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Women seem to be absent from leading roles in Roman politics. However, the Romans were in interaction with other nations with female leaders, both historically (e.g. Cleopatra of Egypt) and mythically (e.g. Dido of Carthage). Did any Roman writers draw any conclusions from female leadership? Did they think that nations led by women were different in any way? Given their patriarchal culture, I could imagine them considering it a sign of weakness, but there is any number of conclusions they could have drawn.

Any remarks on the matter in classical Latin literature (or any Roman literature up to the fall of the Western Roman empire) are welcome. I am not aware of such mentions nor do I know how to look for them.

To be clear, I want to mention that I do not consider female leadership problematic myself. If anything, I find power concentration to one gender suspicious, but the Romans would hardly share my suspicion from what I know.

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    Some of the Goddesses are quite feisty, uncompromising. Does the supernatural world reflect politics? – Hugh Nov 26 '18 at 18:42
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    @Hugh Good question! Comments on politics in mythological contexts (female leadership of amazons or something similar) would also be interesting, and I think that would fall under the mythical interactions with female leaders I included. If there are comments on the goddesses as leaders and the effects of their leadership, that would indeed be relevant, but their womanhood in itself is not quite enough. – Joonas Ilmavirta Nov 26 '18 at 20:09
  • I believe quite a few Roman authors have thought about this subject, though no specific passages come to mind. Plato and Cicero have probably commented on the issue. My impression is that Romans often thought of women as capable leaders, but that they lead in a very different style à la the wily seductress. Roman authors generally respected leaders like Cleopatra, Dido, Zenobia, Hippolyta. – Cerberus Nov 27 '18 at 14:54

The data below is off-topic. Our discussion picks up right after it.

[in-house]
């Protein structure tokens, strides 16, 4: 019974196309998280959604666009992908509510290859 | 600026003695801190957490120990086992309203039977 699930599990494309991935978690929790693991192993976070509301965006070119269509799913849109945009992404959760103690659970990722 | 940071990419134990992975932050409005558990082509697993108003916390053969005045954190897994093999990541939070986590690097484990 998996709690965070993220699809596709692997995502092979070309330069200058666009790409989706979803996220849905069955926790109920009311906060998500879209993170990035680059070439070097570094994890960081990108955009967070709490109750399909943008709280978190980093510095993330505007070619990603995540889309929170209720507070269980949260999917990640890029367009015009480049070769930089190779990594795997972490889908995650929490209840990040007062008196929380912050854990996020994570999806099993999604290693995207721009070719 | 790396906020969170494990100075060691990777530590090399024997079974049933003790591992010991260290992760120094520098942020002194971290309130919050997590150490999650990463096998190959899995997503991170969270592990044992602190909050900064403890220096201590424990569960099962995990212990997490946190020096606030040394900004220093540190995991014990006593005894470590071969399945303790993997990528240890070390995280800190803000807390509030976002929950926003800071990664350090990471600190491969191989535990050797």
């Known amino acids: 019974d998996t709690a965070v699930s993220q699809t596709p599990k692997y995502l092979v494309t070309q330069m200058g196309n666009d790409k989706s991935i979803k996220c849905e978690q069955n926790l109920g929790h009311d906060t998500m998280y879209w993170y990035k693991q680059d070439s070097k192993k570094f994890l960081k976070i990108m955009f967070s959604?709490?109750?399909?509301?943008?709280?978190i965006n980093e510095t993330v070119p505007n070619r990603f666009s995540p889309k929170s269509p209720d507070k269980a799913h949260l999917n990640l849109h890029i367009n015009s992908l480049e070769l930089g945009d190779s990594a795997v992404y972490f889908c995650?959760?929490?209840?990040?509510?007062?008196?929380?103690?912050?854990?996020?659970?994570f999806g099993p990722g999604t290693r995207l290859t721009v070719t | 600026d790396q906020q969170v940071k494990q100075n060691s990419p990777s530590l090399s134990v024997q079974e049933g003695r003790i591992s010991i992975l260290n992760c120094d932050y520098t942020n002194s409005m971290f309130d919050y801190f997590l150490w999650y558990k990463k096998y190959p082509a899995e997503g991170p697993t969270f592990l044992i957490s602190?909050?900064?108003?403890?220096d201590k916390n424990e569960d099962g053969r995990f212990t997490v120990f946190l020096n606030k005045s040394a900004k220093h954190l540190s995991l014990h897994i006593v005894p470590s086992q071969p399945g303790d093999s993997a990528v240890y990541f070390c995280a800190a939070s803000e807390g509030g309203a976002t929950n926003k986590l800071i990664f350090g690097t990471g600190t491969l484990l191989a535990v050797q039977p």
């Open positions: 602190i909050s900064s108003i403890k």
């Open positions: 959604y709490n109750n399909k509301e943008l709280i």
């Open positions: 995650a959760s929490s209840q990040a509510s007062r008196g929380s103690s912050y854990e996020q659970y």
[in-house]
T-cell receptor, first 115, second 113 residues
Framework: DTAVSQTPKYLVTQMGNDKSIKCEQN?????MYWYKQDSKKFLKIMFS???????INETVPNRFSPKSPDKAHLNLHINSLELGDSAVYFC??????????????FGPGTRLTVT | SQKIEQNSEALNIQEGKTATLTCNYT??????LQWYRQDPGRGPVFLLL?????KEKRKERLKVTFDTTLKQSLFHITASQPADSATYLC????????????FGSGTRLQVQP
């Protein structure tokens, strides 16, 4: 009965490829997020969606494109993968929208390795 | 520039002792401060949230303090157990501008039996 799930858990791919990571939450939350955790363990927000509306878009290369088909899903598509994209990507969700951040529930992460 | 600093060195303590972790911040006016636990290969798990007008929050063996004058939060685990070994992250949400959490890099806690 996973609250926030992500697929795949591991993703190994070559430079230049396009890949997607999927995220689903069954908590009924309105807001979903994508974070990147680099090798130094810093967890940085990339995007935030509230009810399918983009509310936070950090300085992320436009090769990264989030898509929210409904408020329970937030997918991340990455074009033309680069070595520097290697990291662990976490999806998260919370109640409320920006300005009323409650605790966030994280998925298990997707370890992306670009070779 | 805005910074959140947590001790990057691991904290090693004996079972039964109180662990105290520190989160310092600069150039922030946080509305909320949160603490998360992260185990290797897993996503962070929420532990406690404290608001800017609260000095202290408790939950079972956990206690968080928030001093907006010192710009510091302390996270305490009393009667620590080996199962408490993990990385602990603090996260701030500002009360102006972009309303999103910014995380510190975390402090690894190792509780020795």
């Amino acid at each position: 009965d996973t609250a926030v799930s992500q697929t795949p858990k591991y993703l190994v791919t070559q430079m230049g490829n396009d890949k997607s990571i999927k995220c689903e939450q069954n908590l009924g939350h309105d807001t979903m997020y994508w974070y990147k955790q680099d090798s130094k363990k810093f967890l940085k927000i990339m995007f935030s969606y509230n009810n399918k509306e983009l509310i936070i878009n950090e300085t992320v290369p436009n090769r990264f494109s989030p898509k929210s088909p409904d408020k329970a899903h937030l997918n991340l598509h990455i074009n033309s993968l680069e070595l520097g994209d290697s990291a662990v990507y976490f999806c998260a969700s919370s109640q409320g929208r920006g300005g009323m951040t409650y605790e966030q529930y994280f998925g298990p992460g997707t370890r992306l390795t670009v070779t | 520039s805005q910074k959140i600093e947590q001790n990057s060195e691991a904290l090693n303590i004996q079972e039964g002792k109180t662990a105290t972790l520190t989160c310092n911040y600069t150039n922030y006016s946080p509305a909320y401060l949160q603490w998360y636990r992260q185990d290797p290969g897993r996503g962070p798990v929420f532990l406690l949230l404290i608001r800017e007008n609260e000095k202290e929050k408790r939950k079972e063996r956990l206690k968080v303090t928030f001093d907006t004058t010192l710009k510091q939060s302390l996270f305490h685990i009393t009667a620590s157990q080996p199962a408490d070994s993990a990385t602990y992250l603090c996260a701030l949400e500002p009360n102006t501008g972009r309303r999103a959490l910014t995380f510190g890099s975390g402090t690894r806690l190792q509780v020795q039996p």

• @Cerberus If you happen to remember any more details, consider posting them here. If not as a fuller answer, at least as something for others to start from. – Joonas Ilmavirta Nov 27 '18 at 15:00
  • @JoonasIlmavirta♦: I will! – Cerberus Nov 28 '18 at 3:33
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There is, as far as I know, just one serious work on Roman women, 'Roman Women: Their History and Habits', by J.P.V.D Balsdon, a Cambridge history don who also wrote interesting and useful accounts of Roman life at large. It was published by Cambridge University Press, and was intended, by including as much information as possible about the subject from classical sources, to supply an evident need.

As I recall, it succeeded in its rather narrow aim, but at the same time somewhat disappointed by being little more than a collation of well-known facts about the more famous ladies, while making no attempt at a proper synthesis about women of the Republic in general.

It is still available through the usual internet channels and has been reviewed at 'Goodreads' https://www.goodreads.com/book/show/1742349.Roman_Women .

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